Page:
Press "Enter" to skip to content

14-year-old charged with murder in Tessa Majors slaying

NEW YORK — A 14-year-old has been arrested in the fatal stabbing of St. Anne’s-Belfield graduate Tessa Majors, New York City authorities said in a press conference on Saturday.

Rashaun Weaver was arrested at 10:30 p.m. Friday in Manhattan after being indicted by a grand jury, New York City Police Commissioner Dermot Shea told media.

Weaver is charged as an adult with one count of intentional murder and one count of felony murder, Manhattan District Attorney Cy Vance said. He also faces four robbery counts.

An arraignment is set for Wednesday, officials said.

Majors, a freshman at Barnard College, was fatally stabbed near the college’s campus on Dec. 11.

She entered Morningside Park near the campus around 7:30 p.m., at which time police say she was confronted by a group of teenage boys who attempted to rob her and then stabbed her. She made her way out of the park and back to a Columbia University security guard station, and the guard contacted 911, according to police.

Vance said Saturday that some of Majors’ last words were, “Help me, I’m being robbed.”

She died at a nearby hospital from wounds to the upper body, according to the New York City Medical Examiner’s Office.

It’s unclear if Weaver is the same 14-year-old who had been questioned and released in late December in the case.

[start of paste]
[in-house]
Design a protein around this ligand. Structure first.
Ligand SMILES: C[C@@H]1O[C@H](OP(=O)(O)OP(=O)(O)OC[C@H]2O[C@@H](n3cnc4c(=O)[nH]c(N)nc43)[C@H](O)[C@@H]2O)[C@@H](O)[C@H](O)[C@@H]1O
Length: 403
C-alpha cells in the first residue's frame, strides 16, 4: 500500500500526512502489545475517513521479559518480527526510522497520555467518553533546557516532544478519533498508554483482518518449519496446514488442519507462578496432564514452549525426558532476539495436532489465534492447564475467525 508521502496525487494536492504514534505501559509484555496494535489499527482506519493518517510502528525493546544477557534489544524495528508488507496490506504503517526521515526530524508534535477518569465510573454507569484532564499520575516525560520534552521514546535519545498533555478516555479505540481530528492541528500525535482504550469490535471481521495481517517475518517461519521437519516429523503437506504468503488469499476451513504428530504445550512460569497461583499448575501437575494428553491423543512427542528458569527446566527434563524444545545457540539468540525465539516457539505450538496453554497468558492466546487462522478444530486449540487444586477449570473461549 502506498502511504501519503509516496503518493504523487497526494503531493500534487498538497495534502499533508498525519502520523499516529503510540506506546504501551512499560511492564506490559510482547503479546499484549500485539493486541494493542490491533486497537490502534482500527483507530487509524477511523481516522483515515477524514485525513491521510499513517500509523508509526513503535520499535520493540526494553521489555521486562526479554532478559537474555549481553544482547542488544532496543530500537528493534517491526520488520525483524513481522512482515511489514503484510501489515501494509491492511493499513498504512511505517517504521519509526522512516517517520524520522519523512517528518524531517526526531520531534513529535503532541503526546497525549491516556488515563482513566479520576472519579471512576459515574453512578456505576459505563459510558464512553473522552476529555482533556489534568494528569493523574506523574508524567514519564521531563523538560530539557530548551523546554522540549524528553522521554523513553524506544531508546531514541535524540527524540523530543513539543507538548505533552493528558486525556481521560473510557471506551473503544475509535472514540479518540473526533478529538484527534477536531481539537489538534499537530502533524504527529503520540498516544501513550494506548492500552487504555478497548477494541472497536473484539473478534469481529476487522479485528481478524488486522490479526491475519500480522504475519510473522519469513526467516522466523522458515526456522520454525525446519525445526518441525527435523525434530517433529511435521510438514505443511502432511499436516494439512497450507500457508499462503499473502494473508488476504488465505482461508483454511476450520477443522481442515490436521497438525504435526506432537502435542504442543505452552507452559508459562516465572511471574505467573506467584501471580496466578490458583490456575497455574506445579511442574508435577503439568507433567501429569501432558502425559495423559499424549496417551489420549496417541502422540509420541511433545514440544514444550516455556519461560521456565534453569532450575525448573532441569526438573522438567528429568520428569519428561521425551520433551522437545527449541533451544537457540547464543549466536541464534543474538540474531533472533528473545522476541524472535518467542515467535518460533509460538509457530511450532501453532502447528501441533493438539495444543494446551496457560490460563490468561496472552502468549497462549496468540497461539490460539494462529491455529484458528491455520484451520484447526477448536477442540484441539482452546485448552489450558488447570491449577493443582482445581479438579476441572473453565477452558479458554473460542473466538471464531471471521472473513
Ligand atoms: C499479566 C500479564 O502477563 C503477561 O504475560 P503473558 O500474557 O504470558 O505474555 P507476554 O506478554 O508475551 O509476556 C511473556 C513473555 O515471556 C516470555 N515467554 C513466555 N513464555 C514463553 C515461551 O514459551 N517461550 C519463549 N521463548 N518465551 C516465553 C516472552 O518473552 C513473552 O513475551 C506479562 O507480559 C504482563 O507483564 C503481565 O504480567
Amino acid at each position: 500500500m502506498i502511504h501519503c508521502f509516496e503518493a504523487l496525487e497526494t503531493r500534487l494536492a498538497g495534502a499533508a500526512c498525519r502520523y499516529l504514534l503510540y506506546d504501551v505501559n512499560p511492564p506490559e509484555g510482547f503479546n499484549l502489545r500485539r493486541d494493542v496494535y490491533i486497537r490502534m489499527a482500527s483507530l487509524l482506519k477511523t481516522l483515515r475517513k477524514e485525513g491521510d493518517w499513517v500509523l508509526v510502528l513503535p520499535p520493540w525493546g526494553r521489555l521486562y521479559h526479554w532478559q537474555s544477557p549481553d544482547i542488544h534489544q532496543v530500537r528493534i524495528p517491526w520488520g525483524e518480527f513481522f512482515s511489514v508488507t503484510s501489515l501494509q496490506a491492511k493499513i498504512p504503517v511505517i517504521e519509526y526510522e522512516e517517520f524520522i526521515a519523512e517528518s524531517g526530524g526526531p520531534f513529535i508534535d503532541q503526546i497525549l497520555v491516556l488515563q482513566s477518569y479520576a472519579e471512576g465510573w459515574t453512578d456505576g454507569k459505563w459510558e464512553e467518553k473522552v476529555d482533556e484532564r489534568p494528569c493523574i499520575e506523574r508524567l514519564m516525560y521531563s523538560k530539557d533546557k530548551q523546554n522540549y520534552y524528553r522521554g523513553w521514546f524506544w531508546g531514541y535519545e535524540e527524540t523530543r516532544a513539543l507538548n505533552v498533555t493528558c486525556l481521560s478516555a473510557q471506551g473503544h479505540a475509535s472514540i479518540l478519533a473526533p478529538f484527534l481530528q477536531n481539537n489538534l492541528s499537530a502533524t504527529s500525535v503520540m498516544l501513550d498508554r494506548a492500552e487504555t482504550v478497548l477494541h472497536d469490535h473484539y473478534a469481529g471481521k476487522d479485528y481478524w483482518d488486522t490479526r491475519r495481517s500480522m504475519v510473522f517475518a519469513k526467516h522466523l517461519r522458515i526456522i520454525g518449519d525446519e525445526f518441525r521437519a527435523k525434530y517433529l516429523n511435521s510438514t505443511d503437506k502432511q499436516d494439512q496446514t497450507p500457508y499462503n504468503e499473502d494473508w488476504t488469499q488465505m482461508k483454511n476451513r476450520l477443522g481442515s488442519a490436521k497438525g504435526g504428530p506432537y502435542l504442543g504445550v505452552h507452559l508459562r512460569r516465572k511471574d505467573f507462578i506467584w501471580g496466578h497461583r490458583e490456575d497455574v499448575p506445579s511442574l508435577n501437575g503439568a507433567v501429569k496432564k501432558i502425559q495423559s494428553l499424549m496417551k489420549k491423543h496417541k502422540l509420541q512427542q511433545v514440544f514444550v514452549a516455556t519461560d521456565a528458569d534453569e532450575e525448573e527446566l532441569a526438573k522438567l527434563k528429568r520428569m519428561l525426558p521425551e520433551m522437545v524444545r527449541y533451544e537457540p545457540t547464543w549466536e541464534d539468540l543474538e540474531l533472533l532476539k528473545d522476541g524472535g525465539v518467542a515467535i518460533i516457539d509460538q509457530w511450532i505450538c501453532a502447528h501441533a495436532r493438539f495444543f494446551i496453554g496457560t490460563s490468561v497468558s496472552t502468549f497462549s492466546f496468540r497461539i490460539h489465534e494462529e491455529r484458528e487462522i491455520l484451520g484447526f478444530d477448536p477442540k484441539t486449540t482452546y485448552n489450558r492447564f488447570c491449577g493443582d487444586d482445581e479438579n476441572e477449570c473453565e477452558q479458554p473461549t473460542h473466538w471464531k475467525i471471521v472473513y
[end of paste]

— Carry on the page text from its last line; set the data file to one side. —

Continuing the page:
A 13-year-old boy was arrested Dec. 12 and charged with second-degree murder, first-degree robbery and criminal possession of a weapon, but Vance said Weaver is the believed to be the one who stabbed Majors.

Vance said his office and the police are “in active investigation in terms of other suspects, and that will continue.”

The attack, two days before the start of final exams at the all-women’s school, troubled city residents because of its proximity to campus and its apparent randomness.

Majors played in a rock band and had told an editor from a newspaper internship in high school that she planned to take journalism classes in college.

At a memorial service in Charlottesville in December, friends and family remembered her as independent, loyal and creative.

“She tethered communities who didn’t speak to one another because she thought we were all worth knowing, and that we should all be friends,” a teacher said.


Be First to Comment

    Leave a Reply

    Your email address will not be published. Required fields are marked *

    %d bloggers like this: